For those of us running small businesses, work-life balance is hard. It takes a huge effort to get a business off the ground, make it past those first few perilous, fledgling years, and then create sustainability with limited resources.
And that’s just the “work” part of the work-life equation. Creating time for family and friends in the midst of that is no easy task.
Even if you have mastered the art of balancing the two, there is a third element that often gets neglected: you as an individual. In my own quest for work-life balance, I was the forgotten one for a while.
It’s easy to forget about yourself with all that work and life entail
I run a growing business-consulting practice and a multimedia publishing company, write and publish books, post two columns a week here at Inc.com, as well as post at many other online publications. That’s a full slate, and it’s just the “work” part.
I’m also married, raising four children (two under the age of three years), have a lovably neurotic dog, two rabbits, and seven chickens. My dad passed away a year ago, and so I spend more quality time with my mom to help with a difficult transition for her after 50 years of marriage. That’s the “life” part, which is amazingly fulfilling but equally as taxing.
When you put it all together, I feel like the co-ringleader of a traveling circus. Maybe to be more accurate, I actually feel like one of the 12 clowns getting out of the packed clown car who then bumble around like the Keystone Cops as my wife, the real ringleader, keeps us all from wandering off into the lion cage.
Every once in a while, I have a glorious moment when I feel like the Cirque du Soleil juggler who miraculously and effortlessly tosses and catches 19 glowing Frisbees in the air. Those days are rare.
Even with the madness, the businesses are running very well, and I spend a lot of amazing time with my family.
The gap in the equation is often my own personal balance and emotional needs. You might have the same gap. I know many of my friends and business colleagues confess to it as well.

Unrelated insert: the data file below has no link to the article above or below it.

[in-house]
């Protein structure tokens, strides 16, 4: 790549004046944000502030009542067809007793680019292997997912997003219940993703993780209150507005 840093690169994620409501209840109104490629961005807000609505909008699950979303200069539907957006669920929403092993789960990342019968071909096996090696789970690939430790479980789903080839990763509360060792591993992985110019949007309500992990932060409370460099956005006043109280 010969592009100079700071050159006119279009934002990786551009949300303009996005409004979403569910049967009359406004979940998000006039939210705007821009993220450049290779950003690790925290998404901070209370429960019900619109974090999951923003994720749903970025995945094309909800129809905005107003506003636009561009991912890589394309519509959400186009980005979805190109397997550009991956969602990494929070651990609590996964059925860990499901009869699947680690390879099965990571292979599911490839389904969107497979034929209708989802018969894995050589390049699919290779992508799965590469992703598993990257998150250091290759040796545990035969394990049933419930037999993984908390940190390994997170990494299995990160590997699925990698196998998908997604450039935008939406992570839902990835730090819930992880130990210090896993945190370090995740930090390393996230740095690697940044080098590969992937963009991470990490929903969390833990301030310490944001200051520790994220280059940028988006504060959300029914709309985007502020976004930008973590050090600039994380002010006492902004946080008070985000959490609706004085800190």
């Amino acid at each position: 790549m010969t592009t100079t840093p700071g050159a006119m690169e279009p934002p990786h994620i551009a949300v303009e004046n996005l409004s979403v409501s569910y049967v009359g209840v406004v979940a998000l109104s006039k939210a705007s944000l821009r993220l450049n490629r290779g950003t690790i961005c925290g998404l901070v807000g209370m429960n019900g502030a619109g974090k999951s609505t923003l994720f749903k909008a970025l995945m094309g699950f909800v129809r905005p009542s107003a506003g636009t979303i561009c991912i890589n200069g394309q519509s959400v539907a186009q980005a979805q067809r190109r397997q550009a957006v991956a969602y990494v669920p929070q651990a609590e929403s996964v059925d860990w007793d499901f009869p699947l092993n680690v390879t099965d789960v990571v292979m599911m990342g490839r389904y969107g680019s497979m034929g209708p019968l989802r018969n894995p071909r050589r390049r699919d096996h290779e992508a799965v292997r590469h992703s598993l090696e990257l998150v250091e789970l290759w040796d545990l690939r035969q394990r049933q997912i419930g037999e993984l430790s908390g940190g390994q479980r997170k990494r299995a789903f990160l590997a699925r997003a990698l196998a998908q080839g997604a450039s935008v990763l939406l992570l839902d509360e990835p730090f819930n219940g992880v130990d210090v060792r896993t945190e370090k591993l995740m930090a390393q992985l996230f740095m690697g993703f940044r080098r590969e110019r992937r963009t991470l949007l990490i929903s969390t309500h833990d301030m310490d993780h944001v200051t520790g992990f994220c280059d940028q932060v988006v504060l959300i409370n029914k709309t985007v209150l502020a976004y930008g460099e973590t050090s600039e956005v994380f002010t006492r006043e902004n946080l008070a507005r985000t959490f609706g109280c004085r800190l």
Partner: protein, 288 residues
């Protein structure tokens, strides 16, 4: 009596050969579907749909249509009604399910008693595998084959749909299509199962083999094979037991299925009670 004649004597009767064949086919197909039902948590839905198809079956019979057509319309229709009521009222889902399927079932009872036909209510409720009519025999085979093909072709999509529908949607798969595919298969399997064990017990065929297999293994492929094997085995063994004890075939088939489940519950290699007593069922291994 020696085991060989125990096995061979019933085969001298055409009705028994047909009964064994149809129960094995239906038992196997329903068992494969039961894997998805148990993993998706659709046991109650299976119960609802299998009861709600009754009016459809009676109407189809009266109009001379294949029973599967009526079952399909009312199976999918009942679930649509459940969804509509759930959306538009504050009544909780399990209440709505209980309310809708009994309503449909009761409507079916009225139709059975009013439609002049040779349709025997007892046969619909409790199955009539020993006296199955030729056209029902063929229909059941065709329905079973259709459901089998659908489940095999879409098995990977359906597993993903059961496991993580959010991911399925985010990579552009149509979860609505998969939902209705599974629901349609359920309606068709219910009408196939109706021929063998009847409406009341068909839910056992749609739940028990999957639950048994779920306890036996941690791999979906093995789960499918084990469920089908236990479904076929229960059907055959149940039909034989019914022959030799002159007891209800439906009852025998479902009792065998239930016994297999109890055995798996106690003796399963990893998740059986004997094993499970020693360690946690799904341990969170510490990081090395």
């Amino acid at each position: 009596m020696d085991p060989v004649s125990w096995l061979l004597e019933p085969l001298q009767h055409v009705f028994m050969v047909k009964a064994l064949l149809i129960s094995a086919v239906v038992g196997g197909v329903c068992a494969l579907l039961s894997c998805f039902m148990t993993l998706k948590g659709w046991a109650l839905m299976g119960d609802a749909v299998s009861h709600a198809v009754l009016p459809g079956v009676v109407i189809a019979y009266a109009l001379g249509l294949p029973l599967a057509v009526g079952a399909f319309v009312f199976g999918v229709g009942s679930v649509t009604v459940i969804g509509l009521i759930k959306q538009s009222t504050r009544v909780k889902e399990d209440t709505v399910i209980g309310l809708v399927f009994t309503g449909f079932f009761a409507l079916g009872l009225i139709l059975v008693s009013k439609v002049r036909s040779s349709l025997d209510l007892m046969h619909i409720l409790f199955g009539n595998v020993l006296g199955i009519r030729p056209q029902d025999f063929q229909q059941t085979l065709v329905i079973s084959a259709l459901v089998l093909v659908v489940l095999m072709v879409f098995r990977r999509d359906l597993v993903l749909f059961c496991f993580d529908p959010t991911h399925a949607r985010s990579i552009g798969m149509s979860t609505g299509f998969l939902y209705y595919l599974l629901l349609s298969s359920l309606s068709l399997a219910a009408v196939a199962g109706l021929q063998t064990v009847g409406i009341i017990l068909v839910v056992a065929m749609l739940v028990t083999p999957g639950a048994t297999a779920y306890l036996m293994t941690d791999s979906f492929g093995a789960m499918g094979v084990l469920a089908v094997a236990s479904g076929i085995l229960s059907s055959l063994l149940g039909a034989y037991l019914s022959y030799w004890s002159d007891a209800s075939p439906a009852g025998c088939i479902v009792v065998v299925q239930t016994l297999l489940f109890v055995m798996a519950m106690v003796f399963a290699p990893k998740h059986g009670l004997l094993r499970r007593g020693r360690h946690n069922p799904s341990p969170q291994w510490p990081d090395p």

Can adding another thing actually help? If it’s the right thing, it can
So, what do you do? There are only so many hours in the day, and all of those hours are claimed by business, family, and maybe some sleep (for good measure).
Could adding one more thing to an already packed daily agenda actually assuage the lack of personal balance? Almost counterintuitively, it did for me and might for you.
I added piano lessons.
I’m an ex-studio musician, so of course I would choose something musical. What I realized was that in the years since I started the businesses and the family grew, my love for music was still there but was not being acted on. I had concluded that there simply wasn’t enough time.
As I contemplated the idea, I said to myself, “How in the world are you going to fit this in?” Even though it was just 30 minutes a week for a lesson and an hour a day for practice, finding calendar time was much easier said than done. It needed to happen, though.
I started practicing every night at 9:00 p.m., after work was done, my wife and kids had gone to bed, the rabbits and chickens were secured for the evening, and the dog was worn out from barking at everyone that passed by the house during the day.
By 9:00 p.m., I wasn’t exactly a bundle of energy, but a surprising thing happened. Despite piano being an added thing to my already overpacked schedule, I found myself rejuvenated as I went to bed and when I woke up the next morning.
Playing piano was indeed additive, but it became the thing that was regenerative as well.
There is a lot of great advice out there on what you should do to create your own personal balance. There is talk about meditation, yoga, exercise, and, of course, playing piano.
What I learned is that the really important thing isn’t to emulate what someone else does to create personal and emotional balance but to figure out what that one regenerative thing is for you.
Then simply start doing it even if it feels additive. The effects might surprise you.
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